The 2015 Mess

Faced with a potential conflict with the federal election in 2015,  Paul Davis’s government introduced changes to the House of Assembly Act that did three things.  First, it copied that first clause word-for-word as well as the next clause that referred to a date in October 2007 and every four years afterward. Second, it set the next election for November 2015.

Third, it added a really cumbersome pair of clauses that supposedly set the date for times when the provincial election collided with a federal election or other event.  It’s worth looking at the exact wording:

Notwithstanding subsection (2), if, on April 1 in the year that a general election is to be held under that subsection, the Premier is of the opinion that the day that would be an ordinary polling day under that subsection is not suitable for that purpose because it overlaps with a federal election, the Premier shall choose an alternative day in accordance with subsection (5) and shall provide advice to the Lieutenant-Governor that a general election be held on that alternative day.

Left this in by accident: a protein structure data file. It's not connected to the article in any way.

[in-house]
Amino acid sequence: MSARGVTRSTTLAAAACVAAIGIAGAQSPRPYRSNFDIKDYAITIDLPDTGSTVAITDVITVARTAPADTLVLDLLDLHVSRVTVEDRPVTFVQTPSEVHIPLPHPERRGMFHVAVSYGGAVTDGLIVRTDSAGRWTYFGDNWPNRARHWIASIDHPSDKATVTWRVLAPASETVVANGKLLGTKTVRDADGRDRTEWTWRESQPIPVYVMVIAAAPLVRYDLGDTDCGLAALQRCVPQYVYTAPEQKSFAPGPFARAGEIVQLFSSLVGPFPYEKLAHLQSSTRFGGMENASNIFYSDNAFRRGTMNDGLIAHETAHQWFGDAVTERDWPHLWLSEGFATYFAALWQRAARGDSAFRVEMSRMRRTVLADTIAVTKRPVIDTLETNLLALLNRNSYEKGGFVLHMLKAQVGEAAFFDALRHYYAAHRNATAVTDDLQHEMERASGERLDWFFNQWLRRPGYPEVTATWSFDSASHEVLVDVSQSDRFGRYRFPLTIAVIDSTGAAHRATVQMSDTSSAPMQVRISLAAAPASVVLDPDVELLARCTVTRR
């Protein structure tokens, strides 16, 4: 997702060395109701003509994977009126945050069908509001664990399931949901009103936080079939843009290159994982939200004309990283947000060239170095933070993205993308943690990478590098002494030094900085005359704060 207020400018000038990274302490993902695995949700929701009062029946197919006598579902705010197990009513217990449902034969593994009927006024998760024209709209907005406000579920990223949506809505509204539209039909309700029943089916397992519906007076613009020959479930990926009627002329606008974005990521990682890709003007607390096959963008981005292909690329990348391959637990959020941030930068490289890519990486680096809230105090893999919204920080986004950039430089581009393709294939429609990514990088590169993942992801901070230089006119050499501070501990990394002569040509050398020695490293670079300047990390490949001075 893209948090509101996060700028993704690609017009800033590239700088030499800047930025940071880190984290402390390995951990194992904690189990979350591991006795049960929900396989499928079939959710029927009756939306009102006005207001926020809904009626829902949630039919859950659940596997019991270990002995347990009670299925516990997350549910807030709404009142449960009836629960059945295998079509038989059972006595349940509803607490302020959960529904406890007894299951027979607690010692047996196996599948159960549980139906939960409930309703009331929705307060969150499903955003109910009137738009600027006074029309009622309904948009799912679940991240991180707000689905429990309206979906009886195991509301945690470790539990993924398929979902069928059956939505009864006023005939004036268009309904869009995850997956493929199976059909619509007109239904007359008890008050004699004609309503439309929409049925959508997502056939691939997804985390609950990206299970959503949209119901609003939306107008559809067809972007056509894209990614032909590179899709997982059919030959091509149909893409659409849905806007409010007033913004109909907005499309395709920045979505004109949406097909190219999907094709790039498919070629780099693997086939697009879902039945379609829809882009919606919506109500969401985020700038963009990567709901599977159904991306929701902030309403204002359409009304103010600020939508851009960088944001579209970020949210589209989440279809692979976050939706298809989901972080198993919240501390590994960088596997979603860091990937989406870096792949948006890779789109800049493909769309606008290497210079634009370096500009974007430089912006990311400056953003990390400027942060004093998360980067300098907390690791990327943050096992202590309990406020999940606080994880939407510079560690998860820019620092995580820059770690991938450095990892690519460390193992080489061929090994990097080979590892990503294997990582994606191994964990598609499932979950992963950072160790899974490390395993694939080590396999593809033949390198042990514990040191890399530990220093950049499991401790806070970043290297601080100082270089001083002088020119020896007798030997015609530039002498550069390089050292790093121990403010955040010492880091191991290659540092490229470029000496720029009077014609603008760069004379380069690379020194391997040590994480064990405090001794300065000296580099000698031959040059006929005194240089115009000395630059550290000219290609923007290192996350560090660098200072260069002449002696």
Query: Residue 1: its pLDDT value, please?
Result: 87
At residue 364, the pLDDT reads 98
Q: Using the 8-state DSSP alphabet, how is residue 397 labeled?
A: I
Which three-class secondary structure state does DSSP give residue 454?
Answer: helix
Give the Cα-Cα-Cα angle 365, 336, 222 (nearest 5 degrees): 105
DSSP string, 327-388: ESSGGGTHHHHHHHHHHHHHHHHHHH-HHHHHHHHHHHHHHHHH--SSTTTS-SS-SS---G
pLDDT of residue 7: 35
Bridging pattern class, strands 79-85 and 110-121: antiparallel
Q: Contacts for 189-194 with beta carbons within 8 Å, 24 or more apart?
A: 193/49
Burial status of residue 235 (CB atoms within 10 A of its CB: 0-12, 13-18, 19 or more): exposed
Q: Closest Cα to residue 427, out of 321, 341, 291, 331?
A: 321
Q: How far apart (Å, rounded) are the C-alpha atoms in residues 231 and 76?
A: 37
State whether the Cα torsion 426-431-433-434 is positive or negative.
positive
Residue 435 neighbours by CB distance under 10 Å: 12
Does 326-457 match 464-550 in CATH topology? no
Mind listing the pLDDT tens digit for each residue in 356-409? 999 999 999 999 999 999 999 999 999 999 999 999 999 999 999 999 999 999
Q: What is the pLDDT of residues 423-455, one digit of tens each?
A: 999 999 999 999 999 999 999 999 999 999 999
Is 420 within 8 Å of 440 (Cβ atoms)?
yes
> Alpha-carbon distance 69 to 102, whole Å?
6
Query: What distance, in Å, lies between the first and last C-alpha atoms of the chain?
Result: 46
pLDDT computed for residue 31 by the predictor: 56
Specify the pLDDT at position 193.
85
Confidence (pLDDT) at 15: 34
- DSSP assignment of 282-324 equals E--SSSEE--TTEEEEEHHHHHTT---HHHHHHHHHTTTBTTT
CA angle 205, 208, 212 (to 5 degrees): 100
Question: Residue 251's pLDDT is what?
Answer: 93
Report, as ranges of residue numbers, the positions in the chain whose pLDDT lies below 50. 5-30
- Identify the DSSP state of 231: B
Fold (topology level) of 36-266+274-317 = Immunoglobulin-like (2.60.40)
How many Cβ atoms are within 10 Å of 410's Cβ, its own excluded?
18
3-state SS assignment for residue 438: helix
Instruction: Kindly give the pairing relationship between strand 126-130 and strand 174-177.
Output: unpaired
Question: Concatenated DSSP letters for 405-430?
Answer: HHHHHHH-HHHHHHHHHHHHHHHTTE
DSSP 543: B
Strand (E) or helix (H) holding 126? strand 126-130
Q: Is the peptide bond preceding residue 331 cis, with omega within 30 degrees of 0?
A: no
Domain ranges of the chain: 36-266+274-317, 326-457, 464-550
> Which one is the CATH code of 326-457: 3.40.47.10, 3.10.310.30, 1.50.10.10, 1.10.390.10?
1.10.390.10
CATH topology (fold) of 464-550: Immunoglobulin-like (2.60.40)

Subsection (2) is the October date.  Look at the next few words:  “if, on April 1 in the year that a general election is to be held…[in October],  the Premier is of the opinion…” that there is some issue, the Premier must pick another day.  That other day is set in subsection 5 as the fourth Thursday in November.

There are a few things about this paragraph but let’s just pull out that very first bit.  It doesn’t say the Premier must make a change on April 1, as some people claimed this year.  It doesn’t say the Premier has until April 1 to make a change.  It says what the Premier must do on a specific day in the year.  Otherwise, the ability of the Premier to advise the LG on an election date at any time operates.

Harmful Charade